VOL. 42 | NO. 8 | Friday, February 23, 2018
Starfish Foundation helps clear infertility challenges
It would take Kara and Brandon Edwards three years of emotional, financial and physical struggle to achieve pregnancy.
Now the busy mom of 4-year-old twins raises money and gives grants through Starfish Infertility Foundation to help defer treatment costs for others. And Edwards hopes to be a sounding board for people going through it.
Spring and fall golf tournaments raise money, which is awarded in the spring and fall. The spring tournament will be May 7 at Five Oaks Golf Course in Lebanon. Sponsorship information and registration.
Edwards said it was naiveté that made her think that one in-vitro fertilization cycle was all she and her husband, Brandon, would need to finally achieve pregnancy.
In her mid-30s, she’d been treated for endometriosis and knew there were some other minor factors that may have affected getting pregnant. She’d also been on rounds of fertility drugs and gone through several inseminations.
It turned out she would go through four IVF cycles before becoming pregnant at 37. She stopped counting the cost of their four-year effort to conceive after they’d spent $110,000.
Edwards owns a photography studio and was manager at the Wildhorse Saloon. Her husband is a financial planner. They figured it out, paying for one IVF at a time before trying for another.
It was during an IVF training class to learn how to do her daily injections, when they heard another couple’s story.
“There was a couple who told us that this one time was it,” she recalls. As is usual, insurance did not cover it, and they had enough money for one IVF cycle. “If that didn’t work, they wouldn’t have kids, they told us. What a terrible burden.”
“So, I told Brandon, we need to do something about this,” she adds. Still in the middle of their own quest for pregnancy, they resolved to help once they could.
Some IVF providers offer financing options, and nationally, there are a handful of foundations that offer help. Some couples may also turn to crowdfunding or asking family for help. Others use credit cards, personal loans or medical loans.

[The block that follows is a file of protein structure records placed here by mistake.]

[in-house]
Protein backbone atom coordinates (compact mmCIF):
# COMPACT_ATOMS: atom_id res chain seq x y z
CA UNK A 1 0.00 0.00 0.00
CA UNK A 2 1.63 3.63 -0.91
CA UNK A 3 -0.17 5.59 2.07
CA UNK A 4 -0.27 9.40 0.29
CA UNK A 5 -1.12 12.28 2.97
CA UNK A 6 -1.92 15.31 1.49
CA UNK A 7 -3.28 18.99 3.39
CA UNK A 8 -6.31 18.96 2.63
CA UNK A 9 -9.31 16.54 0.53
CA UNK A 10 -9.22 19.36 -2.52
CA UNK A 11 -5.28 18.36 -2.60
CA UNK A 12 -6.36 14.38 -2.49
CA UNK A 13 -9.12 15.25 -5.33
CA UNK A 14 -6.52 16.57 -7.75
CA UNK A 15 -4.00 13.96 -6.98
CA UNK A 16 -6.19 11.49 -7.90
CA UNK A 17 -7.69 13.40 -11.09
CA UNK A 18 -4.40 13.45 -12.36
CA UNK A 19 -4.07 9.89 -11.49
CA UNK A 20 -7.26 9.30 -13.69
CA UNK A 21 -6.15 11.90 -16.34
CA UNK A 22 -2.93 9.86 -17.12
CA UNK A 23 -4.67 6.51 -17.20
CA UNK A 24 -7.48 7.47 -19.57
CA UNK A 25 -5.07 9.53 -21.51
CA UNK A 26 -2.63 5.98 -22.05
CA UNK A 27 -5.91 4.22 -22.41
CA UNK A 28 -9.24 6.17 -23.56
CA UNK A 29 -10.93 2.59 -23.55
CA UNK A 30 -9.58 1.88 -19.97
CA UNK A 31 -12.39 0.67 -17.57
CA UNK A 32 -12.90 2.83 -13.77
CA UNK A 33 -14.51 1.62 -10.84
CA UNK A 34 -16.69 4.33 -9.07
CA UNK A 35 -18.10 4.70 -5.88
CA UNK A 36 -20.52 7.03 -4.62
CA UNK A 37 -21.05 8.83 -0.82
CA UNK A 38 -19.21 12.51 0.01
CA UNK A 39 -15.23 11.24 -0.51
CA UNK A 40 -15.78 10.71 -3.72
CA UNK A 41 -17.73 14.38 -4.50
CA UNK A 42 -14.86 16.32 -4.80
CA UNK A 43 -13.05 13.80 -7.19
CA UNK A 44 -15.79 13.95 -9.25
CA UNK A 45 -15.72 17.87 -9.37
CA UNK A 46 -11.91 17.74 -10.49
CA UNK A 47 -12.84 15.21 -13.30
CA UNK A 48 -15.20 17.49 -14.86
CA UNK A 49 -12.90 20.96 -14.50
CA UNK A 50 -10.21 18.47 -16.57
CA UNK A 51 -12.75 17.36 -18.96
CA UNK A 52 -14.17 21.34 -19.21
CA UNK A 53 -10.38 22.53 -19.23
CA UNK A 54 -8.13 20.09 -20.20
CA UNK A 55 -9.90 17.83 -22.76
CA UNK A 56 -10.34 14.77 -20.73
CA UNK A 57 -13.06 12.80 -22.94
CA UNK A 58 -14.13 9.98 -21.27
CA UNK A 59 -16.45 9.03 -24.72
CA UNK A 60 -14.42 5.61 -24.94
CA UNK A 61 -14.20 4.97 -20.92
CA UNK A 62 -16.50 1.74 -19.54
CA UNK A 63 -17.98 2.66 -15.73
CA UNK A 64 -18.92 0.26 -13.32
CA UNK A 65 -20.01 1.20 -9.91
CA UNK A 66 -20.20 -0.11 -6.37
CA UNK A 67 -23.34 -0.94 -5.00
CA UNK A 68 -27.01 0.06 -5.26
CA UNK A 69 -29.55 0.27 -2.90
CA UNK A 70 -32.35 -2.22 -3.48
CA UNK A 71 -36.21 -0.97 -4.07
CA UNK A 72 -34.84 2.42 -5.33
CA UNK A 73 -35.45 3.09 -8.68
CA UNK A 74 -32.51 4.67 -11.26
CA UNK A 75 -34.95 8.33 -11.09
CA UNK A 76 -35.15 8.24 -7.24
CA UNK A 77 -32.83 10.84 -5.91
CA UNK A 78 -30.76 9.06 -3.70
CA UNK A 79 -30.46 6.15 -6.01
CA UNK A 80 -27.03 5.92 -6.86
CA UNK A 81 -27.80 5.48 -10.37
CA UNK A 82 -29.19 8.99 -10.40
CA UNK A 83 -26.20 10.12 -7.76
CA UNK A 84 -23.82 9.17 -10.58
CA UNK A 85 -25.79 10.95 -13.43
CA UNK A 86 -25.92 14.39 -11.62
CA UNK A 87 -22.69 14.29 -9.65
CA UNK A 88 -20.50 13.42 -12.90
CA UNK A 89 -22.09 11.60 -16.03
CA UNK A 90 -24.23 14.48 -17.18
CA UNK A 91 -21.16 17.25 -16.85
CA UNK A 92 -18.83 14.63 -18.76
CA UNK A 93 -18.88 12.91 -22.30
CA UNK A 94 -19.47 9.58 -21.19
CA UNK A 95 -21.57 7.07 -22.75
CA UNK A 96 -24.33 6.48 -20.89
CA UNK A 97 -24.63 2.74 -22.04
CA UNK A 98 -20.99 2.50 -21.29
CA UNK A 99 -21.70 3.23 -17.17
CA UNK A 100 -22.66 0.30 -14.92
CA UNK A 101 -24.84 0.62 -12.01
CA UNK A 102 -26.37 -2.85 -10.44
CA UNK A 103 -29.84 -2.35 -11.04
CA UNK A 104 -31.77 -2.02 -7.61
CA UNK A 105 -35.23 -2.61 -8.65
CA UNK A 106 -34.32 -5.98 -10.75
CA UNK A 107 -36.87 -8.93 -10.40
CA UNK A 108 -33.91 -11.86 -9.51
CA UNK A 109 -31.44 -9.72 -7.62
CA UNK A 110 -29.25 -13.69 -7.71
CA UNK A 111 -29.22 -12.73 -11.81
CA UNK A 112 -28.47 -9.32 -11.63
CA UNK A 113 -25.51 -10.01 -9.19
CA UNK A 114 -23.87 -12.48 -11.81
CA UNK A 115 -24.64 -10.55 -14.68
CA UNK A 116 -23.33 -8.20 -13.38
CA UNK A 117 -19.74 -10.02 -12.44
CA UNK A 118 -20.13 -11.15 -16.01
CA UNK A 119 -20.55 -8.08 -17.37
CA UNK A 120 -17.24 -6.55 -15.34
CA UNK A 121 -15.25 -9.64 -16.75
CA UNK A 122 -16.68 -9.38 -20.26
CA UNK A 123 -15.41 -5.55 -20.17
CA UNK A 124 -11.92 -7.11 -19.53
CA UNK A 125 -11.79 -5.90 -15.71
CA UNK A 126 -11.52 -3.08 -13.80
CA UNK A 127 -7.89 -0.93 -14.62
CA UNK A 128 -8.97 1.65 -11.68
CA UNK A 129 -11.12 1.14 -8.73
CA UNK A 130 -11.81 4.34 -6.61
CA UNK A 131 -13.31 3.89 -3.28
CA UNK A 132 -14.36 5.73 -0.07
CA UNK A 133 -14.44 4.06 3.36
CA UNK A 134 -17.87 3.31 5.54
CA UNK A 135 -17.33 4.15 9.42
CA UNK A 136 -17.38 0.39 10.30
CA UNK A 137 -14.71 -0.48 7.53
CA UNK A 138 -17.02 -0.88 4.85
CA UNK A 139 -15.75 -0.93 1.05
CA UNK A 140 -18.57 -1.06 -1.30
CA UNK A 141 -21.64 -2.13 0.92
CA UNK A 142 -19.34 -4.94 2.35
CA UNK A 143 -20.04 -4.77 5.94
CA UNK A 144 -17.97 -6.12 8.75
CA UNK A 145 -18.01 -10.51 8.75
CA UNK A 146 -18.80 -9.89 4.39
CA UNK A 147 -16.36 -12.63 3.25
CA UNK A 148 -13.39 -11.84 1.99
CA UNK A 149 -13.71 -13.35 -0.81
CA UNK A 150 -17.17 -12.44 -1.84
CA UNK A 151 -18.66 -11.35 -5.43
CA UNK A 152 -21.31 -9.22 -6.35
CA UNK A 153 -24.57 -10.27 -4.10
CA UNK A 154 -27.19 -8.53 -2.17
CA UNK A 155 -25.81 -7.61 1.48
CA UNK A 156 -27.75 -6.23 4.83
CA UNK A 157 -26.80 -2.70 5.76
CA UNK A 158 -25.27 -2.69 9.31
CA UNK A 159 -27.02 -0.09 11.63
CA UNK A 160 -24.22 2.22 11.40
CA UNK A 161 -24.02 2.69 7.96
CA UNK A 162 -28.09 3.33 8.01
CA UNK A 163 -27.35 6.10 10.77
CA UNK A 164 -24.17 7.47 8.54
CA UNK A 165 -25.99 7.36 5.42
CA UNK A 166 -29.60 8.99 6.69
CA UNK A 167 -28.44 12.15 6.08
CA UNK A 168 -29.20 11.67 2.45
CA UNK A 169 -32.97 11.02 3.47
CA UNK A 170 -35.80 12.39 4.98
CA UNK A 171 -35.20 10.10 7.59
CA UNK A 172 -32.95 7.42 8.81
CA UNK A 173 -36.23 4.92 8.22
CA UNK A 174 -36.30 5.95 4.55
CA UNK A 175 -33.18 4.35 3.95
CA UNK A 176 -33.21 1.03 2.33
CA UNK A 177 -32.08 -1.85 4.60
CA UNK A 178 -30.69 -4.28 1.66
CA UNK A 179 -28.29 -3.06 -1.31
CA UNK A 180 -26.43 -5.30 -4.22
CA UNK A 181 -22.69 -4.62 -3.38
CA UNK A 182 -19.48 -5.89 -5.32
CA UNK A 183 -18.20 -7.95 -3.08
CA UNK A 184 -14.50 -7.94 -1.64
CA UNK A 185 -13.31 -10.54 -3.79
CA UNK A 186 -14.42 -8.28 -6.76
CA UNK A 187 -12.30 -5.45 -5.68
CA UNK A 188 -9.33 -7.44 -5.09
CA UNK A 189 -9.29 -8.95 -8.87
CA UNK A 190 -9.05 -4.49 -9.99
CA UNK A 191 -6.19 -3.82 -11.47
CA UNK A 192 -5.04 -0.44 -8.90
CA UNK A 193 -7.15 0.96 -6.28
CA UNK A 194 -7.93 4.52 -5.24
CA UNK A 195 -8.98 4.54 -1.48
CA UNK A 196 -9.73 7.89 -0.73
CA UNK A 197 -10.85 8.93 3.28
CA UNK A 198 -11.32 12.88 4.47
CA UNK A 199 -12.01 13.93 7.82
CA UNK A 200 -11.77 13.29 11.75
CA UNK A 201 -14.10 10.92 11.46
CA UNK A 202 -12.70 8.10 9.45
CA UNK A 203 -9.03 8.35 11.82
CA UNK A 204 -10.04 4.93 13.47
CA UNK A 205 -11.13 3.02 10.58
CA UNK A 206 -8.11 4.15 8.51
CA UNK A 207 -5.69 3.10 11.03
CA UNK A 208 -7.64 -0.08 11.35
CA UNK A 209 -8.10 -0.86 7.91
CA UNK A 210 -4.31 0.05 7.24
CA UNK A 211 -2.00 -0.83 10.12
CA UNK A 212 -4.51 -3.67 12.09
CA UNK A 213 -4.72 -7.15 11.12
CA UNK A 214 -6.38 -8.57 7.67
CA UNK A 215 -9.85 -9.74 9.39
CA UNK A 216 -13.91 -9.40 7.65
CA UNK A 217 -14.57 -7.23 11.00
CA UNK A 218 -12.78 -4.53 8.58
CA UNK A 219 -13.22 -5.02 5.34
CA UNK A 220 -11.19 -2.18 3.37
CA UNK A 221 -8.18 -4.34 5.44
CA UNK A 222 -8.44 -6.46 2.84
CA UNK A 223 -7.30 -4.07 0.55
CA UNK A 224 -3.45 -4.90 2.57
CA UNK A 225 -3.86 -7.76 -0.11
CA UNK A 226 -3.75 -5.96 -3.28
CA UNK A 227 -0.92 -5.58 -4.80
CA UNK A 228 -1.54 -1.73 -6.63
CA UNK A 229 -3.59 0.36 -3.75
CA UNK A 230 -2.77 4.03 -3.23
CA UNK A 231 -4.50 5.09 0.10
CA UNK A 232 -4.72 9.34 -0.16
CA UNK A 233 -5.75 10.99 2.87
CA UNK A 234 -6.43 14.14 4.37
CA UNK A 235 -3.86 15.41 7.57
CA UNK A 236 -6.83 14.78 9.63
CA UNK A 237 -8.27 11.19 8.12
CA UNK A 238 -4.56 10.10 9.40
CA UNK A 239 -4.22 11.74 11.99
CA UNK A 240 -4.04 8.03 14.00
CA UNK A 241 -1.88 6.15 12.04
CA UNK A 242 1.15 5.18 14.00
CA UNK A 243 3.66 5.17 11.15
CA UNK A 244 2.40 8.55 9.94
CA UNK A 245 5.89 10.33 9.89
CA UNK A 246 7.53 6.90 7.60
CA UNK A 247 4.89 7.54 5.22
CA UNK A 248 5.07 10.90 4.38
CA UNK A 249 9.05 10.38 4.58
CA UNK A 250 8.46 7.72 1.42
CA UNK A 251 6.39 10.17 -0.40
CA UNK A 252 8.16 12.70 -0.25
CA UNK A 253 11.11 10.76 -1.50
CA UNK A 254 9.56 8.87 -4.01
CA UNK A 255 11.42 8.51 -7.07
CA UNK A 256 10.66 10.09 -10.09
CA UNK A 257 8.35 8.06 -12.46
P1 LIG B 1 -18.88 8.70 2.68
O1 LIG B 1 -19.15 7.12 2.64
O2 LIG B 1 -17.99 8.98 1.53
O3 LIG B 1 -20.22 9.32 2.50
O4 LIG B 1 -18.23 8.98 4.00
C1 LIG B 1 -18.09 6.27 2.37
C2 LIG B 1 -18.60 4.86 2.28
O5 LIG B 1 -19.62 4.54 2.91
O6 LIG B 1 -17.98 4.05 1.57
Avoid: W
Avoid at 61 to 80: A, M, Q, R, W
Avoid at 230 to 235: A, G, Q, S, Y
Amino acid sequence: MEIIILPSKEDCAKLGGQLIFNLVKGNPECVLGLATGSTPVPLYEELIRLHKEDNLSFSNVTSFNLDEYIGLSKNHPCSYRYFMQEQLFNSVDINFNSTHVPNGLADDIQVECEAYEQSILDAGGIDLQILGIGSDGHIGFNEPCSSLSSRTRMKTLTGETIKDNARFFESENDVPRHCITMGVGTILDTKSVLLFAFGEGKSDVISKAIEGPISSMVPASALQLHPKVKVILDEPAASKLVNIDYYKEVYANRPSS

After their first IVF cycle failed, Edwards was devastated. “I went into a black hole,” she recalls. “I just shut everyone out and didn’t want to talk about it.”
For the most part, the Edwards’ dealt with the months of testing, bloodwork, procedures, a black-and-blue belly from shots, and the financial and emotional ups and downs by themselves. Just a few people knew. For Edwards, her outlet would be an online forum at her fertility clinic that led to a Facebook group of 16 women who supported each other like no one else could.
They understood the stress, the hormones that make a person go nuts, arranging life around an injection schedule and the deep heartache.
At first, she was overwhelmed with her idea and started to second-guess her ability to help.
“The biggest truth was that I can’t help everybody,” she explains. “I mean, 1 in 8 couples has issues. I thought I just couldn’t make a big enough difference.”
Then she heard the story of the starfish.
An old man was throwing washed-up starfish back into the sea and a little boy asks what he was doing. Well, helping the starfish. But there were too many, the boy told the man that he couldn’t help them all.
The man threw one back and said, “I just helped that one.”
“I almost started crying,” says Edwards about that story. “I didn’t have to help everyone, but I could literally change one person’s life.”
They started fundraising with golf tournaments, and Starfish Infertility Foundation became a 501c3. The grants are named after their kids.
The Bexleigh goes to a local couple and the Braxton grant to an out-of-state couple. It gave out the first $3,850 grant in Oct. 2015 to Tracy and Casey Hightower who are now the parents of Logan. Another grant, for $5,000, was given in June 2016 to Paul and Abbey Watkins, who had twin boys last year. Last fall, the foundation was able to award two grants to hopeful couples.
In June 2017, the grant was given to Matt Dudney and Christy Sutherland at Starfish Infertility Foundation’s Music for Miracles event.
At that point, the couple had spent about $70,000, with help from their families and incurring debt that was almost paid off.
“We’ve been praying for God to let us know if this is what we’re supposed to keep doing,” Dudney says. “When we were chosen for that grant, it was an unbelievable answer to prayer, a confirmation.”
“Words cannot express our gratitude to the Starfish Infertility Foundation,” Sutherland adds. “It’s also really cool to now be personally associated with such an incredible foundation whose true heart offers compassion and hope to so many of us out there struggling with infertility.”
The foundation accepts applications for grants on its website. Starfish Infertility Foundation information: https://starfishinfertilityfoundation.org.